Also at Tor's Cove in a frenzy of bird activity, where Margie M. and I saw a female Black-throated Blue Warbler among many others, was this mystery bird with a white breast and a white line on its face. There is no way of identifying this bird from this picture. Ugh, I hate it when that happens.
Then, there are those that flit in front of my lens when I am aiming at another bird. This is what happened with the small bird in the upper left corner. It just appeared and was gone again.
Once the picture was enlarged, it looked like this may have been a vireo. It is moments like this that make the birding experience rich. The challenge is great and the burst of excitement escalates beyond description. A "what was that bird?" moment causes the heart to pound and the senses to perk up. It is kind of like that slot machine moment when two matching symbols fall into place, but the illusive third one hangs just out of view creating yet another miss.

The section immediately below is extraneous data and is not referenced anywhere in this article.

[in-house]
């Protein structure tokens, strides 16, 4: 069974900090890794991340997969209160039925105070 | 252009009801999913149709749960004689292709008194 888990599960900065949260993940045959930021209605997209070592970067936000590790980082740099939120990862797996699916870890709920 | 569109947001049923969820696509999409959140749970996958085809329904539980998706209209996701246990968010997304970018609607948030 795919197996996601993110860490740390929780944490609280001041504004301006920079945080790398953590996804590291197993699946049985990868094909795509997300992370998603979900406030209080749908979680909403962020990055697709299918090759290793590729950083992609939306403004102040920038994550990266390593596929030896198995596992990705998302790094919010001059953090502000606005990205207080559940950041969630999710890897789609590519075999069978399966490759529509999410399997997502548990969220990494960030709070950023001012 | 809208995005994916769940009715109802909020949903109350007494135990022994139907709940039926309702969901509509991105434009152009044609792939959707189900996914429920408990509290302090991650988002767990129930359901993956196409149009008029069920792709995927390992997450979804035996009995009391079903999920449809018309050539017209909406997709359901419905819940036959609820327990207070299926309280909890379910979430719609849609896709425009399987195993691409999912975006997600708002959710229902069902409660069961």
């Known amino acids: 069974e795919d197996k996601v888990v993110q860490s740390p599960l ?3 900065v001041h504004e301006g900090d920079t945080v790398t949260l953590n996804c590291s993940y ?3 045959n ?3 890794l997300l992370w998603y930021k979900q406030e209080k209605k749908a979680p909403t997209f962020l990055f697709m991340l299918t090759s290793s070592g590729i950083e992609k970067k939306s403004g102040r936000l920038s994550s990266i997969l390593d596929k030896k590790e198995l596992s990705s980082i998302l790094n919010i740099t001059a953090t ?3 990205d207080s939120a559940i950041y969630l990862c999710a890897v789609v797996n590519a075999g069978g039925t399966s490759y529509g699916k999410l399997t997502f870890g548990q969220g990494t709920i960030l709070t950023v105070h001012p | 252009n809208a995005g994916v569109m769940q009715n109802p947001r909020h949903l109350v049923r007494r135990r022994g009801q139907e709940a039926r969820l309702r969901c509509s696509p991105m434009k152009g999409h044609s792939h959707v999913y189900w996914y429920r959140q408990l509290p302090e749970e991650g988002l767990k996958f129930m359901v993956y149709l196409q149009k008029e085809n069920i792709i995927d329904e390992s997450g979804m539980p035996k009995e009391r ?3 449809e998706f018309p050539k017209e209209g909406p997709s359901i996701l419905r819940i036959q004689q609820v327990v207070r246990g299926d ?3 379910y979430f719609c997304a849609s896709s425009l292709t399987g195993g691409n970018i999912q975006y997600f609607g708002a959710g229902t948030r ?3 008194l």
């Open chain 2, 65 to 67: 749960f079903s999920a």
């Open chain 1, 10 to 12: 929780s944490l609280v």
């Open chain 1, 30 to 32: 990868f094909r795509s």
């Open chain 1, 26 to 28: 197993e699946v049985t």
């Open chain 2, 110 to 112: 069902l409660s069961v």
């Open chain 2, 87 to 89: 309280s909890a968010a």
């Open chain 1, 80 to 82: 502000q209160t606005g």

So many time, I am stuck trying to shoot a bird through an obstacle, i.e. fence, branch, foliage etc. This was the case in this picture. Can you see the bird in the middle of the photo? (click to enlarge shots for a better chance of seeing it.)
The second picture above is an enlargement of the fence image. This bird didn't quite get away. It turned out to be a Blue-headed Vireo, my first. So why shoot through obstacles? Because sometimes, it is a great bird just waiting to be identified.
The last bird that got away without identification was this great little yellow bird (last picture in the series) seen in late January. I was shooting from my car into the backyard on Exeter Ave. I could see enough to rule out American Goldfinch and Baltimore Oriole, but I could not see enough to get an ID. After taking this shot and other similar blurry, obscured images of this bird, I got out of the car. End of story! The bird flew off. I am left wondering, yet once again.
I will have to be very quick on the trigger this year to limit the little birds that evade documentation.